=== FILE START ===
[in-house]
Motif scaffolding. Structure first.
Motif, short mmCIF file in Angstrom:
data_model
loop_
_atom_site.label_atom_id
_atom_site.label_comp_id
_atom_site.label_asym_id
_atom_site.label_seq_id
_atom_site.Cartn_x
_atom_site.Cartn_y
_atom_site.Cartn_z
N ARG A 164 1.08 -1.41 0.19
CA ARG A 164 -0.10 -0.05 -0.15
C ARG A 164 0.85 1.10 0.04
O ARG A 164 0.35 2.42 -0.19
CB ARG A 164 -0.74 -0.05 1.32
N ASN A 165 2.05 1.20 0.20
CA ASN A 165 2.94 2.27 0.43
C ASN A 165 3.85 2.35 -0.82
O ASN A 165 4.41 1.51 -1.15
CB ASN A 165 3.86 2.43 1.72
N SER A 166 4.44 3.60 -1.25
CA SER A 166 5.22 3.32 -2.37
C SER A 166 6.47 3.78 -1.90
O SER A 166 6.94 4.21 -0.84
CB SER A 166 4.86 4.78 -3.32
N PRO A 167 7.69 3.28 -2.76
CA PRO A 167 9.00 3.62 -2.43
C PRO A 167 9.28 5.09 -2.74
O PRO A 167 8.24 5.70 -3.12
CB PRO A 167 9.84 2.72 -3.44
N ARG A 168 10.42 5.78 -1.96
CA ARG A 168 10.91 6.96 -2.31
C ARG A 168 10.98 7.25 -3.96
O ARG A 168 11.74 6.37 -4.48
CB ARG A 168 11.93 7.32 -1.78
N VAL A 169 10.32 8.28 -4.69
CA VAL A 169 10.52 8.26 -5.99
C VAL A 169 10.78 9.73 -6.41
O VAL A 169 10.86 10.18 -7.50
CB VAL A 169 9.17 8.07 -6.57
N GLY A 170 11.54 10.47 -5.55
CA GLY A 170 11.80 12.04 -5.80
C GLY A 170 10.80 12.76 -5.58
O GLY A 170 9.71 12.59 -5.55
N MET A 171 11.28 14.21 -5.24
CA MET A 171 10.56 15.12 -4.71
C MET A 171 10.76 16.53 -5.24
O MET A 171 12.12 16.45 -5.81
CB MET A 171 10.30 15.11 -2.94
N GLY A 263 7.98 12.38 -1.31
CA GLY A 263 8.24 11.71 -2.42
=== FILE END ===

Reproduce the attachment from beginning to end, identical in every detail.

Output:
[in-house]
Motif scaffolding. Structure first.
Motif, short mmCIF file in Angstrom:
data_model
loop_
_atom_site.label_atom_id
_atom_site.label_comp_id
_atom_site.label_asym_id
_atom_site.label_seq_id
_atom_site.Cartn_x
_atom_site.Cartn_y
_atom_site.Cartn_z
N ARG A 164 1.08 -1.41 0.19
CA ARG A 164 -0.10 -0.05 -0.15
C ARG A 164 0.85 1.10 0.04
O ARG A 164 0.35 2.42 -0.19
CB ARG A 164 -0.74 -0.05 1.32
N ASN A 165 2.05 1.20 0.20
CA ASN A 165 2.94 2.27 0.43
C ASN A 165 3.85 2.35 -0.82
O ASN A 165 4.41 1.51 -1.15
CB ASN A 165 3.86 2.43 1.72
N SER A 166 4.44 3.60 -1.25
CA SER A 166 5.22 3.32 -2.37
C SER A 166 6.47 3.78 -1.90
O SER A 166 6.94 4.21 -0.84
CB SER A 166 4.86 4.78 -3.32
N PRO A 167 7.69 3.28 -2.76
CA PRO A 167 9.00 3.62 -2.43
C PRO A 167 9.28 5.09 -2.74
O PRO A 167 8.24 5.70 -3.12
CB PRO A 167 9.84 2.72 -3.44
N ARG A 168 10.42 5.78 -1.96
CA ARG A 168 10.91 6.96 -2.31
C ARG A 168 10.98 7.25 -3.96
O ARG A 168 11.74 6.37 -4.48
CB ARG A 168 11.93 7.32 -1.78
N VAL A 169 10.32 8.28 -4.69
CA VAL A 169 10.52 8.26 -5.99
C VAL A 169 10.78 9.73 -6.41
O VAL A 169 10.86 10.18 -7.50
CB VAL A 169 9.17 8.07 -6.57
N GLY A 170 11.54 10.47 -5.55
CA GLY A 170 11.80 12.04 -5.80
C GLY A 170 10.80 12.76 -5.58
O GLY A 170 9.71 12.59 -5.55
N MET A 171 11.28 14.21 -5.24
CA MET A 171 10.56 15.12 -4.71
C MET A 171 10.76 16.53 -5.24
O MET A 171 12.12 16.45 -5.81
CB MET A 171 10.30 15.11 -2.94
N GLY A 263 7.98 12.38 -1.31
CA GLY A 263 8.24 11.71 -2.42